Q: In the beginning of the year you said how happy you were that you have done two years of CART, how much it's taught you about racing. But when you see guys like Kimi Raikkonen and Fernando Alonso coming into F1 looking pretty good, don't you sometimes wish you went straight into F1 two years ago?

Montoya: "No, no! Hey, they are not Indy 500 Champions, they are not CART champions. I am. And you know, maybe they have natural talent but I have more experience than them."

Q: What do you think of these two, anyway?

Montoya: "I think Raikkonen has done a very good job. Alonso is very difficult to judge, because the car is a bit of an unknown. But I speak to him from time to time, and he's a really nice guy. He doesn't look like a 19 year old, he's very mature."

Q: There's been a lot of criticism about F1 becoming very boring lately, do you agree with that?

Montoya: "It's boring for the people on the outside, I am sure, because there is so much strategy going on that people don't know about, which makes it interesting for us on the inside. You know, people are always going to find something to criticise about. F1 has always been like that, what changed? And yet people still watch it and still enjoy it."

Q: Do you yourself watch the races afterwards on video?

Montoya gives out a long dismissing "Naaaa." I put a face of victory and exclaim, because they're boring!

"No," he laughs, "because I was in it, so I know how it ends."

That Winning Feeling

His first podium in F1, in Spain Montoya is used to being immediately successful at every series he's entered so far. He stamped his authority on F3000 and CART immediately, and long before he came into Formula One people were whispering "that kid is special." To a large extent, he is. You cannot ignore the feeling that here stands a man who is destined to become the star of Formula One. It's just a matter of time, and a short one at that.

As for Montoya himself, whatever frustrations he may have, he's doing a good job hiding them. And, he's very cautious in making any sort of predictions, perhaps something you learn by working at Williams (I'd hate to think what he would have been like working for McLaren).

So you're going to win this weekend? I ask him on Thursday. "Now that's a good question!" he chuckles. "Ask me again on Sunday afternoon, OK?"

Q: Any reason why you shouldn't win? You have a very strong package here.

Montoya: "Well, sometimes we surprise ourselves. Sometimes we think we're gonna be real strong and we're not. It would be nice if I win, believe me, but it doesn't bother me that much. If it comes, it comes."

Q: In CART, how many races did it take you to win the first one?

Montoya: "Three."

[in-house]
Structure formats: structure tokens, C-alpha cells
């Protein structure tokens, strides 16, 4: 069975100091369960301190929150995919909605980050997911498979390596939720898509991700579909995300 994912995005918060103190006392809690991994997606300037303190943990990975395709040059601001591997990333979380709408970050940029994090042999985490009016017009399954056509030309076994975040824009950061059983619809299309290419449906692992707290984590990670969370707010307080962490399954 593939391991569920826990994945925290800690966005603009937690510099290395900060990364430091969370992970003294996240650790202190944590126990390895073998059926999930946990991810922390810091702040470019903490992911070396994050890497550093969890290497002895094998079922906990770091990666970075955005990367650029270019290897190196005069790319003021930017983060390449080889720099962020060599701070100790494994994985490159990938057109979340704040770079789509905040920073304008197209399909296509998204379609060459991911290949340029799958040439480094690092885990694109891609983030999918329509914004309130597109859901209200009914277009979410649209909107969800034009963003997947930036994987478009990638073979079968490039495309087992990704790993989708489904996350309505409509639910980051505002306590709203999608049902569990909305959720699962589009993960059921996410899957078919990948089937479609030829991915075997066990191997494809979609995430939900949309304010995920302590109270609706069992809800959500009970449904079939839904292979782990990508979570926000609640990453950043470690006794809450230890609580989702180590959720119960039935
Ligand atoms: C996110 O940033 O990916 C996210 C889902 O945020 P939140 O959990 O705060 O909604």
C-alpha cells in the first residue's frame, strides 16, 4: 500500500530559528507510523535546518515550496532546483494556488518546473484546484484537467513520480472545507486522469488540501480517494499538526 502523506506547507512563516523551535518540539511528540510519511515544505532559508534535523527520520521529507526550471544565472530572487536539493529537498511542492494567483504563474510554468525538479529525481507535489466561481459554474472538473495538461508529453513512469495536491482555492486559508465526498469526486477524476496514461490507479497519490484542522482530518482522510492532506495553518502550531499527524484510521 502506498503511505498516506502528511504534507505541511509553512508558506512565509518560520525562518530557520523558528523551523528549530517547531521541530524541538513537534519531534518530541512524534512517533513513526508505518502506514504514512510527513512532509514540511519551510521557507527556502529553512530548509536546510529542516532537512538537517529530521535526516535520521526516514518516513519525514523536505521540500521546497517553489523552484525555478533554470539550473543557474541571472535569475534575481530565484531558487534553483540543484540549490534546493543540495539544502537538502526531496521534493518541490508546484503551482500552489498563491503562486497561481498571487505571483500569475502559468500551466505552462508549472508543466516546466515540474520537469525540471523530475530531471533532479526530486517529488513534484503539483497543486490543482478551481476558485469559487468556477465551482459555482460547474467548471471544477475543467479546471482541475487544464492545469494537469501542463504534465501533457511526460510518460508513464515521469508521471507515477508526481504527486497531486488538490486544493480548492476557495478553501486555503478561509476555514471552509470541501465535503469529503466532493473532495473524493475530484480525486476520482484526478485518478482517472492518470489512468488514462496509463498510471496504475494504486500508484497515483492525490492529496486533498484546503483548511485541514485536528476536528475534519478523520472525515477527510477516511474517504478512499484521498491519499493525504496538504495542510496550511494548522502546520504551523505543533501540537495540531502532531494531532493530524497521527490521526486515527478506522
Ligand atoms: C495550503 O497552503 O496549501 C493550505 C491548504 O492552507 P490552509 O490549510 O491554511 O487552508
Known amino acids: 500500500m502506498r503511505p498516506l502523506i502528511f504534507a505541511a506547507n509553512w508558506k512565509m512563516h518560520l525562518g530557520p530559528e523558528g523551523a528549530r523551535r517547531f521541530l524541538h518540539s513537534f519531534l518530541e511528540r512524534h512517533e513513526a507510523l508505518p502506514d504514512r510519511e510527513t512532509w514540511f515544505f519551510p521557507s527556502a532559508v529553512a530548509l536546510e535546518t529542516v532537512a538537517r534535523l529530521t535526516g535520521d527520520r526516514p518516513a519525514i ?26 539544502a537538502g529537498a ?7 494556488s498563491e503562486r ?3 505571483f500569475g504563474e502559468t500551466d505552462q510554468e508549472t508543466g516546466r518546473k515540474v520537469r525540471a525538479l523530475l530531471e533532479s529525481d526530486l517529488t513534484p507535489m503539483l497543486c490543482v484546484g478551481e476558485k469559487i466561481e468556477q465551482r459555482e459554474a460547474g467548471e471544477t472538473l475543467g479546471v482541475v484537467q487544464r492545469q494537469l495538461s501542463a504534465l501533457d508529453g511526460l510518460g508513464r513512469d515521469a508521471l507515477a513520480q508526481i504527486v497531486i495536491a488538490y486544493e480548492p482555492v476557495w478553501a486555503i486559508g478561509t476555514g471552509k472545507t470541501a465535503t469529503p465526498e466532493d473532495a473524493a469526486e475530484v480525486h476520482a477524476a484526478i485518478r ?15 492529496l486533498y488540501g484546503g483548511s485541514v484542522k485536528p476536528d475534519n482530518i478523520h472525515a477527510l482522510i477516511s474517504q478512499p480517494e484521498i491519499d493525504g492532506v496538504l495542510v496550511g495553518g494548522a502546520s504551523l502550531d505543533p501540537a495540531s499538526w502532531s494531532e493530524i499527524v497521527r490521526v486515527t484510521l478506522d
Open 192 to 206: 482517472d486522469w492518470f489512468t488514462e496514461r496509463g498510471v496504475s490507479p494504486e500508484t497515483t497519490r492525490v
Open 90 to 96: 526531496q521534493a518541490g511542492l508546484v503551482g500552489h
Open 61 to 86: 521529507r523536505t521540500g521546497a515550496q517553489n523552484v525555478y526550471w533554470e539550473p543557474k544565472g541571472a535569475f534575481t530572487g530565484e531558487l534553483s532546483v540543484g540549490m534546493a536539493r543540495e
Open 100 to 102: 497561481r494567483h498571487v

Q: And in F3000, how many?

Montoya: "Three. OK, I see where you're going. But I don't think about it really, I just push."

Q: Surely you must be keen on winning again?

Montoya: "You know, last year in CART I only won 2-3 races. And it took me more than half of the year to get the first win. It was a very frustrating year. The car broke down in most of the races - I only finished about 5 races out of 22 or something. So patience is something you also have to practice in racing."

Q: OK, if not the race then give me your prediction for qualifying. Are we going to see you on pole for the first time?

Montoya glares at me long and hard, almost disappointed. Yeah, yeah, I know, I'll ask you about it on Saturday afternoon, I say. "Good! You're learning!" he retorts, and we both start laughing.

The Taming of the Shrew:
Patrick Head's Perspective

When Patrick Head is asked about Montoya, he bears a tolerant smile on his face as if saying, I've been asked all this before and I'll probably be asked the same a hundred times more. But it doesn't stop him from giving detailed, honest replies, which probably makes him one of the most interesting people to interview in Formula One.

Head describes Montoya's season so far as a roller coaster ride: he began on a high, took a sharp turn to the bottom, and is now steadily climbing back up, taking him to higher peaks than before. Considering the many reports that both Head and Frank Williams have been holding serene talks with Montoya after the Canadian Grand Prix - where Montoya not only performed badly but also got himself tangled in a fight off-track with Jacques Villeneuve - it begs to be asked, how did he manage to tame the young shrew?

"Well I don't think I can compare Juan Montoya to a shrew," Head laughs, "but if to be honest, it's not true, really, that we had much of a serious talk with him in Canada. When I say he had a good start to the year - it wasn't really that good. In Melbourne he was going well and was in 4th place and had a technical problem. Malaysia really he didn't do a particularly good job. And then the big thing was Brazil, where he overtook Michael Schumacher and everyone said, Ah! The New Messiah! And all this sort of stuff.

Head and Montoya "I think a little bit of it went to his head; he expected to come into Formula One and expected to be as strong as he was when he went to CART in the States. And then when that happened [in Brazil] and he was leading Michael for a large part of the race, I think he believed his expectations. And of course, the press helped enormously by hyping him more, with headlines like 'he's going to show Michael' and all that sort of stuff, and I think Juan believed that a bit.